Heff: For me, it has to be the session we recorded “Fashion Week”. Some of my other standout studio sessions include PARTYNEXTDOOR, Kendrick, and a Migos session—those nights were extraordinary because those guys are the best in the world. So to have them in the room was an honour.
Daniel: It was around the time Banglez joined forces with us in 2015. Justin Bieber, who has a very strong relationship with Zues, he had an album coming out and he called last-minute on a Sunday, when the club was closed, and asked if he could record here. That just happened to be the night when all the stars were not aligned: our engineer wasn’t available, it was 12 o’clock at night, and people were sleeping. Obviously, when Justin Bieber calls you, you’re going to want to record that track! Zues jumped on the phone and called Banglez. At the time, Banglez wasn’t clearly versed with the studio but he said, “Fine. I’ll engineer the session.”
Steel Banglez: Yeah, I got to the studio and it was like the Queen was there! There was about 15 security guards, and Zeus was like, “Can you turn on the studio?” I was like, “Yeah, not a problem. I’ll figure it out.” But I couldn’t turn the studio on! [Laughs] Justin Bieber was just looking at me; I felt like a wally! The day before that, I asked our previous engineer to send me a video of how you turn the studio on. I didn’t think it would be that hard, but when it came to it, I still couldn’t turn the studio on. Even Zues is at one point pressing buttons, trying to turn it on. Then Justin was like, “Look, man, forget it. I’m gonna go home,” and he just left. I drove home with a stern face [laughs]. I could’ve cried because, back then, I wasn’t as successful so having that opportunity was like gold dust. This was back in 2015, just after V Festival.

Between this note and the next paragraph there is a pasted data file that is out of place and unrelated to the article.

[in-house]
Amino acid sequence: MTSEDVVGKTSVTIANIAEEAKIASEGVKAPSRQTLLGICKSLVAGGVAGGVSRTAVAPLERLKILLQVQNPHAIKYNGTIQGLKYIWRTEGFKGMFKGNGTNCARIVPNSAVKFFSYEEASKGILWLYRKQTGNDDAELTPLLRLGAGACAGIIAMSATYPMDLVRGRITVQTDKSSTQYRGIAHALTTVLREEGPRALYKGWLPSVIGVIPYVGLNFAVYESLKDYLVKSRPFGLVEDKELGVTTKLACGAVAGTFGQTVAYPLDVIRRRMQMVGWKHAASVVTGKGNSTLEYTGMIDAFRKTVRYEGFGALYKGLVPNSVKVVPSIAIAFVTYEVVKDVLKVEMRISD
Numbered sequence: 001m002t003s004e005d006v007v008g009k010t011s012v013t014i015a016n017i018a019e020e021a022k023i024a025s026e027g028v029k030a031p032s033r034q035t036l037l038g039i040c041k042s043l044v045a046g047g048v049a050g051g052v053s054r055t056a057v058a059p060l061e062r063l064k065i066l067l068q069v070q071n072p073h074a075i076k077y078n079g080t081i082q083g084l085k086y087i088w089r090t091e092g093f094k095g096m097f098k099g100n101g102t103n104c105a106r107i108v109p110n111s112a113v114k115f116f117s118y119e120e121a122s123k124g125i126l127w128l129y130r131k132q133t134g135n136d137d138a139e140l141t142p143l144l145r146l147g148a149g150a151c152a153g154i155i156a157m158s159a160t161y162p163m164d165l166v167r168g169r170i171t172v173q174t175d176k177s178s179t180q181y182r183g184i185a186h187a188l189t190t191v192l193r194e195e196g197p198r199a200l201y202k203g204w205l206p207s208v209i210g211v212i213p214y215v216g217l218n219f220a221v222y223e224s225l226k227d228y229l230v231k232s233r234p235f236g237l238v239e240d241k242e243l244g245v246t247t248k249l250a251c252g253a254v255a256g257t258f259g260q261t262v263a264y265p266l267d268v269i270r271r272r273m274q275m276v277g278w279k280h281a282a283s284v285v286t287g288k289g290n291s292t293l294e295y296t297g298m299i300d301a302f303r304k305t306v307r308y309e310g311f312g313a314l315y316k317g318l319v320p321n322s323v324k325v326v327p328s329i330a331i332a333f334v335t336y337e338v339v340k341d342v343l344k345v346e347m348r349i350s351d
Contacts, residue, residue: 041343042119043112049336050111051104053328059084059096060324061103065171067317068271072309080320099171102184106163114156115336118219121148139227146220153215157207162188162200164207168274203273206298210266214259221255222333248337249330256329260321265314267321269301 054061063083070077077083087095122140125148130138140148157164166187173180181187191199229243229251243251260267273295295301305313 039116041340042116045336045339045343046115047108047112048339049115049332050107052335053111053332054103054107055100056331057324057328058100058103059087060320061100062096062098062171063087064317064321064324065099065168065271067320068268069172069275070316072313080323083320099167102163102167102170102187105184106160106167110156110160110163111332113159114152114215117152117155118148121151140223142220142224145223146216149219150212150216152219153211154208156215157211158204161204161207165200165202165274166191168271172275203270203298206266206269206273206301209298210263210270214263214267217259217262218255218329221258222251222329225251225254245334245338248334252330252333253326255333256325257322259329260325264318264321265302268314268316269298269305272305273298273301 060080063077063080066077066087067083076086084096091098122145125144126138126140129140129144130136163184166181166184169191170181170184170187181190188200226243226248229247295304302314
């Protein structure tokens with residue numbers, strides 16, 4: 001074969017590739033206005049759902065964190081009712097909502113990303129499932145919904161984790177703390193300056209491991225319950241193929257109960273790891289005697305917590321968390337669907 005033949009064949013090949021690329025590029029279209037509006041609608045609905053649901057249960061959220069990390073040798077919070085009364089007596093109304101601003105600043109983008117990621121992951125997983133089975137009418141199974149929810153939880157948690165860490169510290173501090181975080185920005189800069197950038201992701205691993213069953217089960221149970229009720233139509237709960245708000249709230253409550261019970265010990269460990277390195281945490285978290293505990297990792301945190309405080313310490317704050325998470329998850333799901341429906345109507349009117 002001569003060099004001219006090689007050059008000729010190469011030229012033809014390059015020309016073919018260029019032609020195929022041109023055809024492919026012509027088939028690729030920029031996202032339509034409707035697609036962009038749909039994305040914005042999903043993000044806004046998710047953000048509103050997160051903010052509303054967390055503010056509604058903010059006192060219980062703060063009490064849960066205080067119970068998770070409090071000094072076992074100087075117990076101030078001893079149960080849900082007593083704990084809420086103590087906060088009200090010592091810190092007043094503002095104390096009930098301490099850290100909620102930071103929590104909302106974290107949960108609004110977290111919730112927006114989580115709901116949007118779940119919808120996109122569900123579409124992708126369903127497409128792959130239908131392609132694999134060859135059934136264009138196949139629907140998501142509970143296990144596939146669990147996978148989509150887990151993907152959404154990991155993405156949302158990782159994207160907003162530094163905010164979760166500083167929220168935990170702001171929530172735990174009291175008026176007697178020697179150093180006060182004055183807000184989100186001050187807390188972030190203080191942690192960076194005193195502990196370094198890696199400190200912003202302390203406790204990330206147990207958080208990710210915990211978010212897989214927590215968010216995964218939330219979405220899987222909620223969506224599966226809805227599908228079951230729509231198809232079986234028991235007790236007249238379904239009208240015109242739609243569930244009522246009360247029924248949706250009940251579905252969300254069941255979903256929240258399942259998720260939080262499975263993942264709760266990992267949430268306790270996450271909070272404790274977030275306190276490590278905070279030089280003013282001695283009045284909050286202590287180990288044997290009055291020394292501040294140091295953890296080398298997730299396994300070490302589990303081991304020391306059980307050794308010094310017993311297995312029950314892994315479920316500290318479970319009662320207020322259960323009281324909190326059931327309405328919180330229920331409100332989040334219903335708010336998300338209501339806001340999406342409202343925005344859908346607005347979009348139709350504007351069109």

Zues: Ajay, just so you understand: obviously, me and Banglez have conversations about what we want to do and who our dream artists are to work with. Justin was top of the list for Banglez. When Justin asked me if he can use the studio on that particular day, I was like, “Yeah, no problem. The studio will be ready.” Not even questioning that Banglez will come. This is why I rate Banglez’s hustle and why I think he should be an example for all producers. I called him and he was somewhere in Canary Wharf, but he was there in no time.
Steel Banglez: I’ve never driven down the A13 that quick in my life!
“When Pop Smoke came by—just before he passed—it was an incredible night! The energy was literally electric.”
Drake, Travis Scott and Future are just a few of the artists that have performed at the venue. The club can only hold 300 people, so what are those more intimate sets like?
Jermain: When you go to see a concert, the artist and their approach to their performance on a massive stage, it’s a different energy. But when they come to the club, they’re just like you and me: they’re coming to the club to hang out with their boys. There’s a different energy that they’re coming in with—they’re having a drink, they’re chilled. The people that are there feel like they can reach out and touch them; it’s more of a house party vibe. It goes off! It’s an amazing energy. Travis Scott, Rae Sremmurd, people are hanging from the ceilings and the energy is crazy!
Heff: When Pop Smoke came by—just before he passed—it was an incredible night! The energy was literally electric. When you get a room with 300 people in it and global stars, something extraordinary happens. They’ve just come from playing at the O2, where there are thousands of people, then come to a room that’s got 300 people in it and people are right in their face. It’s a completely different experience.